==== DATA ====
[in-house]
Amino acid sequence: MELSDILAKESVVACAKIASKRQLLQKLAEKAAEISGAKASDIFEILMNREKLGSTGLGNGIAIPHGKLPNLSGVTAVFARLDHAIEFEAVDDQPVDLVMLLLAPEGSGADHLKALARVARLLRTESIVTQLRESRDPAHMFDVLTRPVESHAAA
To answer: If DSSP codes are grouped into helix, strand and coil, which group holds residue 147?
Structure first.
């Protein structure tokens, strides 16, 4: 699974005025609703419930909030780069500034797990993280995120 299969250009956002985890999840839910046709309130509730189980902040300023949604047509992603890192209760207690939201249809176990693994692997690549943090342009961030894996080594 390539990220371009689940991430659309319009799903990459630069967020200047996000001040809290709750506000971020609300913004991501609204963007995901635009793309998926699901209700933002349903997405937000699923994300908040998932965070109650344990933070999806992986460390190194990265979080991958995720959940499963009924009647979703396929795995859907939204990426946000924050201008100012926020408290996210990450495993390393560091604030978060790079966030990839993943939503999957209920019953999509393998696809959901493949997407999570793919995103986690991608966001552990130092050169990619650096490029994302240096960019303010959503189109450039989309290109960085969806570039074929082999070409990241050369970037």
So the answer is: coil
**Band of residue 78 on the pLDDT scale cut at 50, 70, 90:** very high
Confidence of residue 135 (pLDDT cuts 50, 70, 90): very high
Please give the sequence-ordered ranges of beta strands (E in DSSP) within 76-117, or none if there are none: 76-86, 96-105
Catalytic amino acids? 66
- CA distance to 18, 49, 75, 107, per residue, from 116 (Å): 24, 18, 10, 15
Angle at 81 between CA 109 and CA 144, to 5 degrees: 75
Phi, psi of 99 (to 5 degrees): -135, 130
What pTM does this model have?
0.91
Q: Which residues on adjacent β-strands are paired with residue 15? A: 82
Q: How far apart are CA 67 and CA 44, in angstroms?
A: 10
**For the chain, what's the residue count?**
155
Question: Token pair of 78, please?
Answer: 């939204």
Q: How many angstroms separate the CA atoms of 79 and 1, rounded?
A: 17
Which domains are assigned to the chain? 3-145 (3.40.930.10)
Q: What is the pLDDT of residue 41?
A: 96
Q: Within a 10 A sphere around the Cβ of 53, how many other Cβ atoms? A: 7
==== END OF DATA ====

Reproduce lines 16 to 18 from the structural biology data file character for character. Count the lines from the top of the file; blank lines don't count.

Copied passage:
Q: Which residues on adjacent β-strands are paired with residue 15? A: 82
Q: How far apart are CA 67 and CA 44, in angstroms?
A: 10